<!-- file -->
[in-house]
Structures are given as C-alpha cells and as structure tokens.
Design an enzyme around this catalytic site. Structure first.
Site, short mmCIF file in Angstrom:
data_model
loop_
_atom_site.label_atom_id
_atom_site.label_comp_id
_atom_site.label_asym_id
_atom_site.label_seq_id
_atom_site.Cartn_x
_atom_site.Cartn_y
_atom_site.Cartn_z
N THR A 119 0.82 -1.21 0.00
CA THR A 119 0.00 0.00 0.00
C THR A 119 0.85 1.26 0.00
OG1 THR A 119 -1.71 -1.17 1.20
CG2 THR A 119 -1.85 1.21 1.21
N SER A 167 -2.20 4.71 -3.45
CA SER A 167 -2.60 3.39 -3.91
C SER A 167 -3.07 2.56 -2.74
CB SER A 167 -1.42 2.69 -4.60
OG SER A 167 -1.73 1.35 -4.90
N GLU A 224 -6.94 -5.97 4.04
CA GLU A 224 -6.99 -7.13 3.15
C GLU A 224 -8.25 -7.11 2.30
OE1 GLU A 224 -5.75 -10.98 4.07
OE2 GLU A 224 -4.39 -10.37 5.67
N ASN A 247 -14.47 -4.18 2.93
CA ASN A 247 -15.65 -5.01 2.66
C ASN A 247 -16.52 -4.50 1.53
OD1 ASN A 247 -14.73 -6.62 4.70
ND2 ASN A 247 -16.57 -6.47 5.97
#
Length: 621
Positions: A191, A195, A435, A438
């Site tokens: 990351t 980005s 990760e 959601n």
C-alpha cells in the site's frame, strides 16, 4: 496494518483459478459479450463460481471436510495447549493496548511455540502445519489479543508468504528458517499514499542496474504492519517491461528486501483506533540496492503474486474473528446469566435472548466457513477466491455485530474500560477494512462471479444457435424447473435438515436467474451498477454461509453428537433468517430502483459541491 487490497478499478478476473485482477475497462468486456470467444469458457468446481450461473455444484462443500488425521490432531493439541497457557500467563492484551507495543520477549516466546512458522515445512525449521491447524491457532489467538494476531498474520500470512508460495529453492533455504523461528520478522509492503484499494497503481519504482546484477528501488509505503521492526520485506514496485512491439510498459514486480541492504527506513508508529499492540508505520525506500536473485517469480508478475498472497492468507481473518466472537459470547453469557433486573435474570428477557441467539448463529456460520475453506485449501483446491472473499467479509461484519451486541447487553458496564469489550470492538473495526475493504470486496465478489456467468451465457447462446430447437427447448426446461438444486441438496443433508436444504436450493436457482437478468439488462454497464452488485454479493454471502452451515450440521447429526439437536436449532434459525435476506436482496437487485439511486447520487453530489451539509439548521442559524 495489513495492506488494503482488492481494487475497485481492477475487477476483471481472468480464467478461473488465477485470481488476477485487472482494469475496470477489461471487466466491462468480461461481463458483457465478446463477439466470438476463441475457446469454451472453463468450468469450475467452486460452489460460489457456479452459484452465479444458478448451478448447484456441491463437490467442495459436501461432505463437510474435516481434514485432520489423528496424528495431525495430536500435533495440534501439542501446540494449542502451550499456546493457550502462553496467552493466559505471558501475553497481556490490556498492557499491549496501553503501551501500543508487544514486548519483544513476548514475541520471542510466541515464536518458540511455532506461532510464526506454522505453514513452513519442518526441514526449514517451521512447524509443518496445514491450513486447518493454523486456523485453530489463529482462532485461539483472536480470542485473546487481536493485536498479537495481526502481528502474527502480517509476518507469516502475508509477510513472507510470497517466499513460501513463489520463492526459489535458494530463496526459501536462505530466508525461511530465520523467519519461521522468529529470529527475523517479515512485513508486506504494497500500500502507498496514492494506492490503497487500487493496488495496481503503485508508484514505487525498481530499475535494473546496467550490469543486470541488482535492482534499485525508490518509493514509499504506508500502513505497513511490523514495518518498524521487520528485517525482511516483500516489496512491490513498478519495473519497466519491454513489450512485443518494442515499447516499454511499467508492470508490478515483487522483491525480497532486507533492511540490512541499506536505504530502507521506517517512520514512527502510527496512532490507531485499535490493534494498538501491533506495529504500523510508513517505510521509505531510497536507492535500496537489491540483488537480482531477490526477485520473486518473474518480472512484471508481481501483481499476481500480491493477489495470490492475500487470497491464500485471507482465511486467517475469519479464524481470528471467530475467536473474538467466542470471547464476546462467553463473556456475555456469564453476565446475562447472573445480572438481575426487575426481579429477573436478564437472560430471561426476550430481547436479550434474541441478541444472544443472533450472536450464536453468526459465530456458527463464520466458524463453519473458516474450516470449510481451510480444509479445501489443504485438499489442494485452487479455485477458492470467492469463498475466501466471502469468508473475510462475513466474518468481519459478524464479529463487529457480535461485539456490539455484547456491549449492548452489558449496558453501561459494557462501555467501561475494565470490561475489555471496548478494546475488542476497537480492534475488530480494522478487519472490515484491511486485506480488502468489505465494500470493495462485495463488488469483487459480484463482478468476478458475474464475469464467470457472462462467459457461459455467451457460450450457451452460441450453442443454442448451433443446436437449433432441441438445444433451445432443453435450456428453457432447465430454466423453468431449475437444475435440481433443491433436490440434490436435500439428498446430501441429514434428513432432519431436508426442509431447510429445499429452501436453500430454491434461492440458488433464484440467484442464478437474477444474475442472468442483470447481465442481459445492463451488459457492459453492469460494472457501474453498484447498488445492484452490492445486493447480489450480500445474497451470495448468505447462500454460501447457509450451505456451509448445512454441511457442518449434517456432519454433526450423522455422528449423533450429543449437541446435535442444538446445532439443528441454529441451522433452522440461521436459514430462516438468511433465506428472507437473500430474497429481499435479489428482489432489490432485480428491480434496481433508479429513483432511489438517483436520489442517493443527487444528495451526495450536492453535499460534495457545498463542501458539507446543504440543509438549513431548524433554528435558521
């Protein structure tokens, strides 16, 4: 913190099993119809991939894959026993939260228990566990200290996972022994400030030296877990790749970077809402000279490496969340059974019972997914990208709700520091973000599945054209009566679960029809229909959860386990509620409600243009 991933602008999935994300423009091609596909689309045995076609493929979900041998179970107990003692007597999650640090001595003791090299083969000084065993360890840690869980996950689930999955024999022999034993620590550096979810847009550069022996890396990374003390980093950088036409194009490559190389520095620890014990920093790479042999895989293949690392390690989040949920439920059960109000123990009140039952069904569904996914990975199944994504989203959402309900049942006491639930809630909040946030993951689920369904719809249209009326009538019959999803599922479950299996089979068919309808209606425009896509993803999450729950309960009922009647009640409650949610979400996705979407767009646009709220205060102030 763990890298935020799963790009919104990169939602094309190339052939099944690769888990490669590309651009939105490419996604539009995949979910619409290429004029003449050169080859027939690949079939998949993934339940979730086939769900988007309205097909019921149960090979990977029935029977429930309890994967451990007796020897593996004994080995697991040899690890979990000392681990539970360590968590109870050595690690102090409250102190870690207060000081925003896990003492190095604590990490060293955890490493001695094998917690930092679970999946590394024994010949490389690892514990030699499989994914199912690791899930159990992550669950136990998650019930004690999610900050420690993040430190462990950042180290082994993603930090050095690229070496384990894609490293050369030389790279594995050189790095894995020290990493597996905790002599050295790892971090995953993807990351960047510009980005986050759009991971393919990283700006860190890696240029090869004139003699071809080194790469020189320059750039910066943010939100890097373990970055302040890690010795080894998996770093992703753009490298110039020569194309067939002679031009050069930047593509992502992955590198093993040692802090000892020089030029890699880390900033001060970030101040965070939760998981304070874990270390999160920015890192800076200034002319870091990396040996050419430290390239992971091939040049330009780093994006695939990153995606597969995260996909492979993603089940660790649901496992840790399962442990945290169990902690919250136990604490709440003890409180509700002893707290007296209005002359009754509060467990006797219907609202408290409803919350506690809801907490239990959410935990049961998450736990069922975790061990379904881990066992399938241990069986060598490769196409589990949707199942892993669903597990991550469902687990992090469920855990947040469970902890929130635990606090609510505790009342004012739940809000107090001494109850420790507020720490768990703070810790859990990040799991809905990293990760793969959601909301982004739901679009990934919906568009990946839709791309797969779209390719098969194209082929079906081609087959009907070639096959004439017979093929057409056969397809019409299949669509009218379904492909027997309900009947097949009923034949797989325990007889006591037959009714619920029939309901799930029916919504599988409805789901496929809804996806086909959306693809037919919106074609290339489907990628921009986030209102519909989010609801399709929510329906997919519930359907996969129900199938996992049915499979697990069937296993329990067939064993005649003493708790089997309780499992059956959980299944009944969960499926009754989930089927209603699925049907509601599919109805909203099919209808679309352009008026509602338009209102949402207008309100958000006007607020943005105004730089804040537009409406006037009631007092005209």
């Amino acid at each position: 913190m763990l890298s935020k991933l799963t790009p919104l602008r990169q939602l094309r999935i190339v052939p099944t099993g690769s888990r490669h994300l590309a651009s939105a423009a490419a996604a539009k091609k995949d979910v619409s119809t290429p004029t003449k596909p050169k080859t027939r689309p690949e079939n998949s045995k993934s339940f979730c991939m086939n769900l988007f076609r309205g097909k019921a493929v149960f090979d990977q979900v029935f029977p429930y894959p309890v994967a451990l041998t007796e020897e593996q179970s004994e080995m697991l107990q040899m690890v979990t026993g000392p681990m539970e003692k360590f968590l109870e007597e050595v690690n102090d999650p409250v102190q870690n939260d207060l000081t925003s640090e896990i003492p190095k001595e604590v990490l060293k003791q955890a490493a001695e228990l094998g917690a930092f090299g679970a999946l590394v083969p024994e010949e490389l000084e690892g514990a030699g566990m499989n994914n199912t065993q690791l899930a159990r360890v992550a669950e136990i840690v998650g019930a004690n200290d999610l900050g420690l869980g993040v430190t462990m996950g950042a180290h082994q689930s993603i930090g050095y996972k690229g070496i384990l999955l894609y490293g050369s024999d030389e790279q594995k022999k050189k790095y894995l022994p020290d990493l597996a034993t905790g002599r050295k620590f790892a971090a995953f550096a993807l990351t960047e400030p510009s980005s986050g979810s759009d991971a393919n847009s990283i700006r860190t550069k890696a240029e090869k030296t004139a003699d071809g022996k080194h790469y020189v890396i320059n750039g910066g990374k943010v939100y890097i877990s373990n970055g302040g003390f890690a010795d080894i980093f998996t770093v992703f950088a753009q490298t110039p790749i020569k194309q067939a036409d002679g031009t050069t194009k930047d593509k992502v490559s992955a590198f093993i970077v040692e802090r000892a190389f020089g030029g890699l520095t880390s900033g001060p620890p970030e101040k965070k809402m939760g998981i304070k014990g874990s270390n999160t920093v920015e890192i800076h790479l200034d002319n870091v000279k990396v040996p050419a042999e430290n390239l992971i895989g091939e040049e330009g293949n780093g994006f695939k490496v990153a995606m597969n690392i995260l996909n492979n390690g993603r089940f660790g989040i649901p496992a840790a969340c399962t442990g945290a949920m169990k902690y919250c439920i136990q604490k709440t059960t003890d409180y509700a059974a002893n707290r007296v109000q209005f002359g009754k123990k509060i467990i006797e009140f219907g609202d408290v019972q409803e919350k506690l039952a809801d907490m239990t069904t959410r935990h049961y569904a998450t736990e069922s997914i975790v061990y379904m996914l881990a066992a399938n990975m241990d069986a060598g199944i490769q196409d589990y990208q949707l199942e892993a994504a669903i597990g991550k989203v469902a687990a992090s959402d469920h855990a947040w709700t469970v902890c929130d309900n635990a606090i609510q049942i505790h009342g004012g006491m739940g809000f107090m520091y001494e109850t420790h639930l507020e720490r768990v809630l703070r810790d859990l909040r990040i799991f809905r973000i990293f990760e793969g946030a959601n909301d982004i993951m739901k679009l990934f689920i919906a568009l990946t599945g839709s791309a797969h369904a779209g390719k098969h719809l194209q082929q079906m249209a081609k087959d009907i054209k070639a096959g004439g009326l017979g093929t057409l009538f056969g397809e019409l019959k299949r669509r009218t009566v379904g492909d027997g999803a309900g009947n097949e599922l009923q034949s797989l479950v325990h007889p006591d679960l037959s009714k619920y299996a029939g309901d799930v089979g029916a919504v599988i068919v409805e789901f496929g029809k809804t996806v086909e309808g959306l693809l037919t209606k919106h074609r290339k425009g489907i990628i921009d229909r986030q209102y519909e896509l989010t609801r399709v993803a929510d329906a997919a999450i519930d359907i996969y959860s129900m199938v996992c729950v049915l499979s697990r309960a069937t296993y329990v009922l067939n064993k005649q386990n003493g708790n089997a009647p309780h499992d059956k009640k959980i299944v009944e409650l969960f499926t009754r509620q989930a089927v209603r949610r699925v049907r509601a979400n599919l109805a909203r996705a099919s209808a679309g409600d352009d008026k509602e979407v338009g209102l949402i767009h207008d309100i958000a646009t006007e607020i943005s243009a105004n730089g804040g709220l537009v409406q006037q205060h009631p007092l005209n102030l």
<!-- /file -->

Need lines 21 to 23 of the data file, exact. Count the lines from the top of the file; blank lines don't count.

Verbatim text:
C SER A 167 -3.07 2.56 -2.74
CB SER A 167 -1.42 2.69 -4.60
OG SER A 167 -1.73 1.35 -4.90